What were air raids like in World War One?
Britain was attacked from the sky for the first time, early in 1915.
No one expected air raids, so when German airships first flew over Britain, the country was unprepared.
The bombs were not accurate but they still caused injury and damage.
In times to come, whistles would sound the alarm and people learnt to run for cover in the Underground or at home in cellars.
German airships were called Zeppelins. Large bags filled with hydrogen gas enabled them to float.
The crew controlled the engines from a compartment underneath. They dropped bombs on factories and military bases.
William Leefe Robinson was the first British pilot to shoot down a Zeppelin in September 1916. His bullets set fire to the hydrogen and the airship crashed.
William received a Victoria Cross, £3,500 prize money and the rank of Captain.
Germany was less interested in using airships once Britain could destroy them.
Gothas and Giants
The Gotha bomber could travel a long way and fly higher than British aircrafts.
Gotha attacks were devastating. On 13 June 1917 a raid on London killed 162 people, including 18 children when a bomb landed on their school.
Later Germany developed an even bigger, more dangerous bomber called The Giant.
The success of German air raids was one of the reasons the Royal Air Force was formed in April 1918. Britain needed better aircraft and more trained pilots.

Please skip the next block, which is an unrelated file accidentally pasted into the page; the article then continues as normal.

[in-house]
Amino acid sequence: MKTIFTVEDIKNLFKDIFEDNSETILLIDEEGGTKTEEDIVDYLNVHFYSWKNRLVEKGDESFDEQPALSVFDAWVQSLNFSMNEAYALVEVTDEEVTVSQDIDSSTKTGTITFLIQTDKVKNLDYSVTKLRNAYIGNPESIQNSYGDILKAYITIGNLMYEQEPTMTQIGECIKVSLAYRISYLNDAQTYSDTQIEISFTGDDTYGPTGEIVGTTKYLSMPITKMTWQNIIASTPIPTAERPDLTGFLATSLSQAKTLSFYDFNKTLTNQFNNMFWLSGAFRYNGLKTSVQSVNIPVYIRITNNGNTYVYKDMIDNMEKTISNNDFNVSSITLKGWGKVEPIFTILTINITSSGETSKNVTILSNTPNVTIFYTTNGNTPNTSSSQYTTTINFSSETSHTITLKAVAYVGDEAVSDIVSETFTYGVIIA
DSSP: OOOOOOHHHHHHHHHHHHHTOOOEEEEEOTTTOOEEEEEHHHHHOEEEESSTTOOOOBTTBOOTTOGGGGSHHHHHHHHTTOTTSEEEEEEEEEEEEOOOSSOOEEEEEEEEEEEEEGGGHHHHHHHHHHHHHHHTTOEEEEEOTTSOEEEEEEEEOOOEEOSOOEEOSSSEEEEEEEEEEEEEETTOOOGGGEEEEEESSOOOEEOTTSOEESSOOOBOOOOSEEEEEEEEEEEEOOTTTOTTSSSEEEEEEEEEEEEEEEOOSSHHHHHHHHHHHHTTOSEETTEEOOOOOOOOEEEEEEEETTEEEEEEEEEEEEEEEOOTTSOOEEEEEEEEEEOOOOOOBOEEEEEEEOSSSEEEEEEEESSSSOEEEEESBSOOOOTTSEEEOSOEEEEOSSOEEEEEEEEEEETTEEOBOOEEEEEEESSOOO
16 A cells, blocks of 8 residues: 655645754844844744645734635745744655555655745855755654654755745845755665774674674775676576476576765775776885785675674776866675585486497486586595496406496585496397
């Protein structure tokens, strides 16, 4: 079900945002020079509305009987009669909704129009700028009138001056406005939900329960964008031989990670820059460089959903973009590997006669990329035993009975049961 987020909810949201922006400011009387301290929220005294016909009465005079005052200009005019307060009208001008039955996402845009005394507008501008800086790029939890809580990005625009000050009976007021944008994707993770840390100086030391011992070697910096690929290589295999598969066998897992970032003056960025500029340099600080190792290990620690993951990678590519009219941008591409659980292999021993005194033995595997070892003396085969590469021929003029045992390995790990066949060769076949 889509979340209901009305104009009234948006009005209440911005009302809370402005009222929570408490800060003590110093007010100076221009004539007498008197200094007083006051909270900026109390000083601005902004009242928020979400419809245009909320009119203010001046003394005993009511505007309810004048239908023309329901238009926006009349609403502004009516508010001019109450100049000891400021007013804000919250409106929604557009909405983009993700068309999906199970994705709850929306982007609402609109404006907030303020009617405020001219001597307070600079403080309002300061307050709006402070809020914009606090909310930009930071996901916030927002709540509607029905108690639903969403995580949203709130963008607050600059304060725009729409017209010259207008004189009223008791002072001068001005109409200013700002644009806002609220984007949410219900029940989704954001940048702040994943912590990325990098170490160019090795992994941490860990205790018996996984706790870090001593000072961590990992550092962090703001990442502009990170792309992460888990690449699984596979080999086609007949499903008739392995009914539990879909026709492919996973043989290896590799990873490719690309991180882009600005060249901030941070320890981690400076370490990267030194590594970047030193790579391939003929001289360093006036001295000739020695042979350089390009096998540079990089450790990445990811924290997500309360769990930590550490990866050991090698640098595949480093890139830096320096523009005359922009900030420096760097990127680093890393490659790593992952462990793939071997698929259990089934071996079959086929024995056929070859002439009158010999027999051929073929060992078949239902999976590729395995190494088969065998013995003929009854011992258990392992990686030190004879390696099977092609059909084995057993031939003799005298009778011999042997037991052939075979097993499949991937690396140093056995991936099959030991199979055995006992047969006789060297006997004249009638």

Some towns and cities were attacked from the sea
How did people stay safe?
The government tried to warn people when an attack was coming and to keep them safe.
Streetlights were dimmed so enemy pilots would struggle to see their targets.
Whistles blew to raise the alarm.
Searchlights helped gunners to spot airships or planes, and shoot them when they were close.
Policemen shouted warnings as they cycled round the streets wearing a sign saying "take cover".
In London, thousands gathered on Underground platforms, under bridges and railway arches, or even under the stairs at home.
In the country, people sheltered in sea caves, forests and fields.
When an attack was over, bugles (a type of brass instrument) would be blown to tell everyone it was safe to return to the streets.
Who was affected by air raids?
How did life change?
Until the air raids, the British had worried about their loved ones fighting in the war. Now children, women and older people at home were also in danger.
By the end of the war, almost 1,500 British citizens had been killed by the German air raids, and over 3,400 had been injured.